Turning The Corner

Thursday, October 16, 2014 Written by 
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The economic recession is said to be nothing more now than a moment in American history. As Americans pick up the pieces of the homes they’ve lost, complete insulting personality tests to determine if they possess the IQ to push shopping carts around Wal-Mart parking lots, and extinguish their third and final extensions on unemployment benefits, the Boomers find themselves having to return to school and find roommates, while the Millennials find themselves choosing to create their own businesses rather than compete in the brutal job market.

Why are so many Americans giving up on finding jobs and taking their economic futures into their own hands? Let’s start with:

 

Antiquated Business Practices-

 

Businesses and brands are finding themselves reevaluating their workplace environments, adding new furniture, playing recreational music, incentives, and freedoms of dress code just to optimize performance. Successful owners understand the climate is changing, and not because of overuse of fossil fuels.  Studies show that 71% of young people say they would rather quit their jobs and work for themselves. Old companies run with old philosophies are no longer attractive to the young workforce anymore. Sixty percent of them all say they will start their own businesses within a year or so.

 

Social Media

 

The Internet has connected the world in a way that peace treaties and international alliances could never do. Young people have worlds of information at their fingertips faster, and more often than ever before in history, and it’s only getting faster. They’re more informed, and they’re joining forces. The Internet has resulted in the creation of social communities like Meetup.com, where individuals meet online based on common interests, then meet in person to network and socialize.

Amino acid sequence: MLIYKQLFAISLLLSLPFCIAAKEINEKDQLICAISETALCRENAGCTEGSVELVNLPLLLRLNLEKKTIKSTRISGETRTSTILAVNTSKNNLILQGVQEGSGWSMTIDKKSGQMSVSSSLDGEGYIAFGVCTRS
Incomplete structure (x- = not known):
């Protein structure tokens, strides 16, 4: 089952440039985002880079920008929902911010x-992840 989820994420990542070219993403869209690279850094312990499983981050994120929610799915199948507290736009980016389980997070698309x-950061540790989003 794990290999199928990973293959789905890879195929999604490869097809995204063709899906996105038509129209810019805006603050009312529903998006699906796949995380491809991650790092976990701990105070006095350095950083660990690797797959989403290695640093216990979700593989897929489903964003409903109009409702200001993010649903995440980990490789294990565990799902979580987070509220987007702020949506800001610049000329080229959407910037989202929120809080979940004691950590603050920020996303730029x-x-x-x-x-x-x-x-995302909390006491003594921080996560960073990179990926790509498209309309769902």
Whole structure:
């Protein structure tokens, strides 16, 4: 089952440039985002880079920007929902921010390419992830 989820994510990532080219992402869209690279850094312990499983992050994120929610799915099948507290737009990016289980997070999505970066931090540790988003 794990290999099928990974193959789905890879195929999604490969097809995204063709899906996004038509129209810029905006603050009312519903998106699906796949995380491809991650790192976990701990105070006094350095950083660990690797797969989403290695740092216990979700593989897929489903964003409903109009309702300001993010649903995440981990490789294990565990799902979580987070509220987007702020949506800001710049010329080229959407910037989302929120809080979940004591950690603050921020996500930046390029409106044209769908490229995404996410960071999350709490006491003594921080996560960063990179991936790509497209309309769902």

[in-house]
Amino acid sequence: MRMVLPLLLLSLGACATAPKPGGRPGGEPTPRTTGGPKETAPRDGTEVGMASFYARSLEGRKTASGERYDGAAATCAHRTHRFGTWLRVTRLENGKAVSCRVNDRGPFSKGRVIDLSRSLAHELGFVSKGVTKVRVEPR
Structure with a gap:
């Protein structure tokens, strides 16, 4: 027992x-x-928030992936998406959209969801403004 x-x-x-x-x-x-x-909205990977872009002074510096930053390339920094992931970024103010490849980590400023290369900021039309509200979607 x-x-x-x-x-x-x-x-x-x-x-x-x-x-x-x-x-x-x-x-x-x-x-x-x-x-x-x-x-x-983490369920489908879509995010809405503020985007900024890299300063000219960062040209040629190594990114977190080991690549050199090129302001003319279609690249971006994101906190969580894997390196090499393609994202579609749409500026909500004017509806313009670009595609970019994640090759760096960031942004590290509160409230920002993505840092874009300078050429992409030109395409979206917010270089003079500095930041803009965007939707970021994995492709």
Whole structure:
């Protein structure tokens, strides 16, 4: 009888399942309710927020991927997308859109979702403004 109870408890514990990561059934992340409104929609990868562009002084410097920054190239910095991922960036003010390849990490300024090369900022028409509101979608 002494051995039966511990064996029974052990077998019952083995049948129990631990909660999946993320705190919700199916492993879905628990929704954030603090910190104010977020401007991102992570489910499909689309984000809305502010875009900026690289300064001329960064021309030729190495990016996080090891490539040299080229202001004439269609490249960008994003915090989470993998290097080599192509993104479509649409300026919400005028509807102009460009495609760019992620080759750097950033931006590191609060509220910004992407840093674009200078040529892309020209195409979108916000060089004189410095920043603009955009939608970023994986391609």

About 98% of people age 18-34 use social media. That’s a lot of young people, communicating with a lot of young people, which translates into hundreds of millions of dollars in “new” revenue. Social media is now an industry and it’s a young person’s industry. If we need refreshing, Mark Zuckerberg was the youngest billionaire in the world. He single-handedly transformed the perspectives of young people who saw someone who looked like them, and became the owner of a multinational empire, while doing it his way. Just look at the headquarters of Facebook! Larry Page and Sergey Brin created Google in their 20’s when they incorporated Google in 1998. David Karp, CEO of microblogging website Tumblr, is only 28 years old.

 

What does this mean for Inglewood? As a city with a rich history on a path to blossom into a world-class destination, we have to begin opening our doors and creating opportunities for young entrepreneurs and start-ups that think outside the box. The next step in our history has to include a step toward creating opportunities to generate revenue in areas that didn't exist prior to the market crash of 2008.

 

Our city yields more than 50,000 young minds and a 67% population that's under the age of 45. We need an influx of young creative energy into Inglewood that will become contagious and invigorating, and breed new ideas.  Inglewood can become the internationally renowned city we desire to be. Just look at San Francisco, Seattle, New York, Colorado, and Palo Alto. If James Brown were alive today, I think he would agree that it’s no longer just a man’s world, it’s a young people’s world.

 

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